Cannes 2011: The S&S blog

Sexual relations: Oedipus and Elektra cruise the Croisette

We Need to Talk About Kevin

Geoff Andrew, 16 May

Spoiler alert: this blog entry hints at an important plot twist

Halfway through a festival that’s so far notable more for a generally impressive overall consistency rather than for any major highlights, it’s still difficult to discern any particularly prevalent thematic content. That, of course, is as much to do with the selectors’ interests as with the filmmaking community; still, it’s fair to say the economic crisis, the widespread shift to the Right, war and global warming aren’t leaving much of a mark, at least as far as the official selection is concerned. There seems, however, to be an underlying anxiety lurking beneath the surface of many of the movies on view.

Let’s start, a little obviously, with a film that screened in the first couple of days: Lynne Ramsay’s We Need to Talk About Kevin (pictured). Discussion of this movie has rightly tended to focus either on the question of the depth of maternal feeling in the character played by Tilda Swinton, or on the Damien-like horror attributes of her malicious offspring. But let’s not forget their problem may be Oedipal; though the son seems to get on far better with dad than with mum, it’s clear there’s something sexual going on towards the latter, and after all, dad does end up in less than the best of health.

But concern about intergenerational sexual activity in the family has also been turning up all in the most unlikely movies. You’d expect to find it in Polisse, a film about the Parisian police’s Child Protection Unit investigating countless cases of abuse, and it’s probably not so surprising that it’d at least be something to bear in mind while watching Michael, the Austrian (but of course!) study of a single man keeping a young boy imprisoned in his cellar. But hints of desire, hatred and jealousy towards real or surrogate parents can be found all over the place – quite literally – from down under (Australia’s Sleeping Beauty) to Scandinavia (Denmark’s Out of Bounds, aka Labrador), while Belgium gets in on the act with the Dardennes’ The Kid with a Bike.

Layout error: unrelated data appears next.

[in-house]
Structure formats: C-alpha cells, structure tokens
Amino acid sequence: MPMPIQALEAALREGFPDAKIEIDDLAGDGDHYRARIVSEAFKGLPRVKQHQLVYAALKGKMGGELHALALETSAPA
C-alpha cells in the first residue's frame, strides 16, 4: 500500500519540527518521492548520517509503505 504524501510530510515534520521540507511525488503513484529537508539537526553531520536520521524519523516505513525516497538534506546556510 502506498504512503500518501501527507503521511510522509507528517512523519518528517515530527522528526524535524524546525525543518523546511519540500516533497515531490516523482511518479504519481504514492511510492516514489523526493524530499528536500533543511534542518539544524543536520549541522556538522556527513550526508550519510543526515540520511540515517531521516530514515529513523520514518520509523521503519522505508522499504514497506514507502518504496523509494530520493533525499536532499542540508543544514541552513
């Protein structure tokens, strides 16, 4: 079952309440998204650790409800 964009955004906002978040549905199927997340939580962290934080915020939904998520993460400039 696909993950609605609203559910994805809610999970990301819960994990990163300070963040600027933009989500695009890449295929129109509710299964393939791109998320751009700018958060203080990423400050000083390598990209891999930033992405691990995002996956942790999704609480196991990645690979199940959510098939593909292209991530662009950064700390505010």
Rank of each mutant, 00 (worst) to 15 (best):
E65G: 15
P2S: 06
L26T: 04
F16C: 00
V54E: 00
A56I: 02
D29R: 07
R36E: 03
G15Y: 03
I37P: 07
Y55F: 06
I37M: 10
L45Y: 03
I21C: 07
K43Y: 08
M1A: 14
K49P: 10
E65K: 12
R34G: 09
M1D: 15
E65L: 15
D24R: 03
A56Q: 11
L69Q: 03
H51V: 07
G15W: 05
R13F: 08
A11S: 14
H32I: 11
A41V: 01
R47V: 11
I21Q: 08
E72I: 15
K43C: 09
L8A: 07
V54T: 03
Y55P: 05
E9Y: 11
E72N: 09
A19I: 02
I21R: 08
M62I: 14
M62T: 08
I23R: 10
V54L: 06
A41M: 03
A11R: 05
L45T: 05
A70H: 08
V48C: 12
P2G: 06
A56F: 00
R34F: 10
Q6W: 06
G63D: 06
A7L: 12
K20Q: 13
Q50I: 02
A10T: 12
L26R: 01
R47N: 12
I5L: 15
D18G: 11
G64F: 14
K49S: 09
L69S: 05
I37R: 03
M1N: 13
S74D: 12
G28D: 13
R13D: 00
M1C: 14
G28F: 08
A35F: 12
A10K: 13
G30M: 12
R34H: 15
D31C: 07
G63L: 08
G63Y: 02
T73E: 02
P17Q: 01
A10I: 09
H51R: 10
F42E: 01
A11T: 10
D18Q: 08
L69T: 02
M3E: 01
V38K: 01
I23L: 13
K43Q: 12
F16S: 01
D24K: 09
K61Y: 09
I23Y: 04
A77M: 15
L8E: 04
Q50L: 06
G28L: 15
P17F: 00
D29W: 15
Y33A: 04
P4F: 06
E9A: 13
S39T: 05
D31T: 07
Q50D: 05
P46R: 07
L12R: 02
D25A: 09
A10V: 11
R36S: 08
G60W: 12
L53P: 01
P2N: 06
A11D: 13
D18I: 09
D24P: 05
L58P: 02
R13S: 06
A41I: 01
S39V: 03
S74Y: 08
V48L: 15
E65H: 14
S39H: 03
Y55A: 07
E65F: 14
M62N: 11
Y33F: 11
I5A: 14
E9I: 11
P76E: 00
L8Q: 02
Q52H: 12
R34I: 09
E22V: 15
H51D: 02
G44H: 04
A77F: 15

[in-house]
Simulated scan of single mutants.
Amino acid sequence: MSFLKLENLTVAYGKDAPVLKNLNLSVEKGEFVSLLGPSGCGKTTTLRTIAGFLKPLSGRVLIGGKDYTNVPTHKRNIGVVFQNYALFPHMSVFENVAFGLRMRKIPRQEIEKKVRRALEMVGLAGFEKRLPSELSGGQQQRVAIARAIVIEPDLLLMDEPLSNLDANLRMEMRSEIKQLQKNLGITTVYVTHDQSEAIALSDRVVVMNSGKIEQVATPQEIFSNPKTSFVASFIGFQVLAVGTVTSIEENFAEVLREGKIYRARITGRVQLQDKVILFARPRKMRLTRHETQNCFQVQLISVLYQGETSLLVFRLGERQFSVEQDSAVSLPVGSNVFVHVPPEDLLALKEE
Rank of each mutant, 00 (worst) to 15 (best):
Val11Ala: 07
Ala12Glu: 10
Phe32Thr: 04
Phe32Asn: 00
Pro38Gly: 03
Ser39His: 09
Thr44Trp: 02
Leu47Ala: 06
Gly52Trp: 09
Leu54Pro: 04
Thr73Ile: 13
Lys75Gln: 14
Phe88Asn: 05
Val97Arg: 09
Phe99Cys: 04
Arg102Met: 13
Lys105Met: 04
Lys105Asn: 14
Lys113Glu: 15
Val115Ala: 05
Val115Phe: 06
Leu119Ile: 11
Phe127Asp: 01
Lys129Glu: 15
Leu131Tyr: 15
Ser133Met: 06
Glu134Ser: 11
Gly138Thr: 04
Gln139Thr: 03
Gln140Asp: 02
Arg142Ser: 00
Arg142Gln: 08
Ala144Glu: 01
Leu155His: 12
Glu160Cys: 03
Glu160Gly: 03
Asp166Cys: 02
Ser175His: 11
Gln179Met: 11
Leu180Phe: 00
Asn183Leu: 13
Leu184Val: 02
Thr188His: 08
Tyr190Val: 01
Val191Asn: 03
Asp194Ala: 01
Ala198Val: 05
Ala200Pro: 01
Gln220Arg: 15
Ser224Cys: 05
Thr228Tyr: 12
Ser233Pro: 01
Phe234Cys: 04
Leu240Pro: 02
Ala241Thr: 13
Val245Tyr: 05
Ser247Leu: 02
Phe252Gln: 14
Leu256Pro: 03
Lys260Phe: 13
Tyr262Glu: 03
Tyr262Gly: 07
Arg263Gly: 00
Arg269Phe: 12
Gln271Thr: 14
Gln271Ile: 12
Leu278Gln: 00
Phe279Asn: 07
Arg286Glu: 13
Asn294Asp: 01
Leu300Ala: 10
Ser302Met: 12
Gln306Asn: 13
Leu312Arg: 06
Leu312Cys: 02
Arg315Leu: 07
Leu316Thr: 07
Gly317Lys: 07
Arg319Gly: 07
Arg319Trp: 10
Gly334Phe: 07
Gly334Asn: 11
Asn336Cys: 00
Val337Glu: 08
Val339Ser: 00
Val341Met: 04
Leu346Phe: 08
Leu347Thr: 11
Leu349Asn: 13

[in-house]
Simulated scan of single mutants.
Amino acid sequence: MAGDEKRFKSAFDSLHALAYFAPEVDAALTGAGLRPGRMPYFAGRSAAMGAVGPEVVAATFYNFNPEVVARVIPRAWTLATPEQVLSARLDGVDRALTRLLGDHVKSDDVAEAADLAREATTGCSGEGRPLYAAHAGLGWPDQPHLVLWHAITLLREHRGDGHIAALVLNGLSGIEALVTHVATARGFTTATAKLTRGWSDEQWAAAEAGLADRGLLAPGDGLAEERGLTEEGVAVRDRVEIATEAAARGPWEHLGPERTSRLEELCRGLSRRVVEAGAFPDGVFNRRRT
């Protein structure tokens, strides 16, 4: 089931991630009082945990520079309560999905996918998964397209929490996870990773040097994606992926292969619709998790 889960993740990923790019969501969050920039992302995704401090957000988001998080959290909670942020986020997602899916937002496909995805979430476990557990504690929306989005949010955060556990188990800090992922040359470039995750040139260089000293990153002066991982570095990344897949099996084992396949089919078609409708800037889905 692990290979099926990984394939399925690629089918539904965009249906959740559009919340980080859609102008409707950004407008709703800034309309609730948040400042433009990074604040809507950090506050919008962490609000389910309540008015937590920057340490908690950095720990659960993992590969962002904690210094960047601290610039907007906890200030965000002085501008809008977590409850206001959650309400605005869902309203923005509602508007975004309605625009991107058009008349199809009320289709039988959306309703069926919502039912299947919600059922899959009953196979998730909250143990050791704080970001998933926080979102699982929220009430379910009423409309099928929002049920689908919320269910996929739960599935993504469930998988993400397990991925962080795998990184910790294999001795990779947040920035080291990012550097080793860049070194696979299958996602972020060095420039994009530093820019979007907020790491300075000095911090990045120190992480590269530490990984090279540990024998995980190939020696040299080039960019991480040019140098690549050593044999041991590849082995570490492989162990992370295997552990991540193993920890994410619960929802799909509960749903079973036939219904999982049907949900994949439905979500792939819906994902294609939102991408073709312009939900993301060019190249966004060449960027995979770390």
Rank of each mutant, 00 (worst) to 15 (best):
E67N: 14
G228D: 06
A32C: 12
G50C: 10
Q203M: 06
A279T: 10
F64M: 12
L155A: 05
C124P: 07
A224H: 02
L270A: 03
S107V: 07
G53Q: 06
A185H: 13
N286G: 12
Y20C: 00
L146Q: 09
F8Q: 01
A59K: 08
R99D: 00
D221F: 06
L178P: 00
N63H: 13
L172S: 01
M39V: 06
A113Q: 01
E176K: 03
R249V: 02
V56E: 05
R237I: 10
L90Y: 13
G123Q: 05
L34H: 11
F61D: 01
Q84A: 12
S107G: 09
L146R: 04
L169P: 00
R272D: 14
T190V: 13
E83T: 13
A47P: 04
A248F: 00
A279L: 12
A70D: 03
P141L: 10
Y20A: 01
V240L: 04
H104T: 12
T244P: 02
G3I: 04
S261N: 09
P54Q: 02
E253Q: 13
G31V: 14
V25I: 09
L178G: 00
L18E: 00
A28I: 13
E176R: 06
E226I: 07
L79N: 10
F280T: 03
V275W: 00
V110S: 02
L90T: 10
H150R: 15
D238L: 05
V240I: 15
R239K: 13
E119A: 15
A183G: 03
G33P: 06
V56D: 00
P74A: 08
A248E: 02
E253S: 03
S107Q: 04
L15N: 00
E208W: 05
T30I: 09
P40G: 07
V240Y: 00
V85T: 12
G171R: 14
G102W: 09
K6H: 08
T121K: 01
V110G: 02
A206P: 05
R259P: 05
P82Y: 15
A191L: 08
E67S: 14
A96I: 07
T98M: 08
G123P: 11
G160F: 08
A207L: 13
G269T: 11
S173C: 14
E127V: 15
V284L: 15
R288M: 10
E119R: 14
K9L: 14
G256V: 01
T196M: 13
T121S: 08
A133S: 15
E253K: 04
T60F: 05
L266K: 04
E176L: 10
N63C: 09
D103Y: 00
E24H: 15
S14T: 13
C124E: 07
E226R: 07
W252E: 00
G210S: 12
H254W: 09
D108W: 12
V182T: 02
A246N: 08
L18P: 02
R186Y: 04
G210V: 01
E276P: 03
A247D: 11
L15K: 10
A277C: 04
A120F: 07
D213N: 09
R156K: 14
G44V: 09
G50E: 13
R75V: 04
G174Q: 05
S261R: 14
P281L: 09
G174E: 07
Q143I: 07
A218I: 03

Habemus Papam

These erotic urges reach across not only geographies but also religions. In Nanni Moretti’s Habemus Papam, Michel Piccoli’s Holy Father seems somewhat devoted to the memory of his mother (or so his shrink suggests), while Joseph Cedar’s Footnote focuses on the hardcore rivalry between a father and son who are both professors of Talmudic literature.

Most recently, there’s been Terrence Malick’s The Tree of Life, much of which deals with the near-murderous hatred felt for his father by a Texan teenager of the 50s; and even though the film displays an unprecedented Christian bent, Malick still finds space for scenes of the boy chasing his young mother with a lizard and watching her adoringly as she gets soaked by a lawn sprinkler. That said, this prayer of a film goes only so far: there’s one Father whom Malick doesn’t seem remotely interested in killing off…

« Terrence Malick: to bury or praise?

Happiness is a cinéma verité classic »

See also

No sex please, we’re Italian comedians: Geoffrey Macnab on Nanni Moretti’s Quiet Chaos (November 2008)

Weight of water: Jonathan Romney on the Dardennes brothers’ painstaking realism (April 2006)

Dog Days reviewed by Richard Falcon (September 2002)

Sisters, sex and sitcom: Ginette Vincendeau on Catherine Breillat’s À ma soeur! (December 2001)

Ratcatcher reviewed by Charlotte O’Sullivan (November 1999)

Bayonets in paradise: Colin MacCabe on The Thin Red Line (February 1999)

Last Updated: 17 May 2011